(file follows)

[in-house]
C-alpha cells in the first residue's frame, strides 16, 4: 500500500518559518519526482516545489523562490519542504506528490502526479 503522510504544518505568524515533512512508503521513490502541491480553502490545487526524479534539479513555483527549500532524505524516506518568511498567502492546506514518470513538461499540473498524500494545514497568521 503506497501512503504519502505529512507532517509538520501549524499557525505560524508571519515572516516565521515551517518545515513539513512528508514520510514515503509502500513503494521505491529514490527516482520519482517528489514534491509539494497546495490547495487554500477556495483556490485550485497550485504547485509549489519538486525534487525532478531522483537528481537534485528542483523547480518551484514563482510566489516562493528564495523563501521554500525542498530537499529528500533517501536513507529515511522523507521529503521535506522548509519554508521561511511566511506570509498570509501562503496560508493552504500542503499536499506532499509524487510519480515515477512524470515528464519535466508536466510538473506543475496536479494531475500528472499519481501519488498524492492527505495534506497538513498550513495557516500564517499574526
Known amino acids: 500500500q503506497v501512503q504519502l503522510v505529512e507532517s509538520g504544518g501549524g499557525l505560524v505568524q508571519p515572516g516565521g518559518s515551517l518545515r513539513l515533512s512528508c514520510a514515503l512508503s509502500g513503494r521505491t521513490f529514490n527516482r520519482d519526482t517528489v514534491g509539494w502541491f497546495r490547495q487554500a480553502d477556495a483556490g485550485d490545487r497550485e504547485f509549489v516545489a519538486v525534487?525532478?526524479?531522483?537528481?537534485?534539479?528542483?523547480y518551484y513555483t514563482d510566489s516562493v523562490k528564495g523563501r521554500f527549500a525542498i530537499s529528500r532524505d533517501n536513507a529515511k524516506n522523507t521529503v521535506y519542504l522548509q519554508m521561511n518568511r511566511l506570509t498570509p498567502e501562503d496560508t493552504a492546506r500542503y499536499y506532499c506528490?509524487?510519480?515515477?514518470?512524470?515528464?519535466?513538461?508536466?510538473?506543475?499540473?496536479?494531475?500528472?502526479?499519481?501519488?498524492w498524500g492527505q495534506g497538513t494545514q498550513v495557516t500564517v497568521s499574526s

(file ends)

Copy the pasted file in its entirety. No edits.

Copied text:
[in-house]
C-alpha cells in the first residue's frame, strides 16, 4: 500500500518559518519526482516545489523562490519542504506528490502526479 503522510504544518505568524515533512512508503521513490502541491480553502490545487526524479534539479513555483527549500532524505524516506518568511498567502492546506514518470513538461499540473498524500494545514497568521 503506497501512503504519502505529512507532517509538520501549524499557525505560524508571519515572516516565521515551517518545515513539513512528508514520510514515503509502500513503494521505491529514490527516482520519482517528489514534491509539494497546495490547495487554500477556495483556490485550485497550485504547485509549489519538486525534487525532478531522483537528481537534485528542483523547480518551484514563482510566489516562493528564495523563501521554500525542498530537499529528500533517501536513507529515511522523507521529503521535506522548509519554508521561511511566511506570509498570509501562503496560508493552504500542503499536499506532499509524487510519480515515477512524470515528464519535466508536466510538473506543475496536479494531475500528472499519481501519488498524492492527505495534506497538513498550513495557516500564517499574526
Known amino acids: 500500500q503506497v501512503q504519502l503522510v505529512e507532517s509538520g504544518g501549524g499557525l505560524v505568524q508571519p515572516g516565521g518559518s515551517l518545515r513539513l515533512s512528508c514520510a514515503l512508503s509502500g513503494r521505491t521513490f529514490n527516482r520519482d519526482t517528489v514534491g509539494w502541491f497546495r490547495q487554500a480553502d477556495a483556490g485550485d490545487r497550485e504547485f509549489v516545489a519538486v525534487?525532478?526524479?531522483?537528481?537534485?534539479?528542483?523547480y518551484y513555483t514563482d510566489s516562493v523562490k528564495g523563501r521554500f527549500a525542498i530537499s529528500r532524505d533517501n536513507a529515511k524516506n522523507t521529503v521535506y519542504l522548509q519554508m521561511n518568511r511566511l506570509t498570509p498567502e501562503d496560508t493552504a492546506r500542503y499536499y506532499c506528490?509524487?510519480?515515477?514518470?512524470?515528464?519535466?513538461?508536466?510538473?506543475?499540473?496536479?494531475?500528472?502526479?499519481?501519488?498524492w498524500g492527505q495534506g497538513t494545514q498550513v495557516t500564517v497568521s499574526s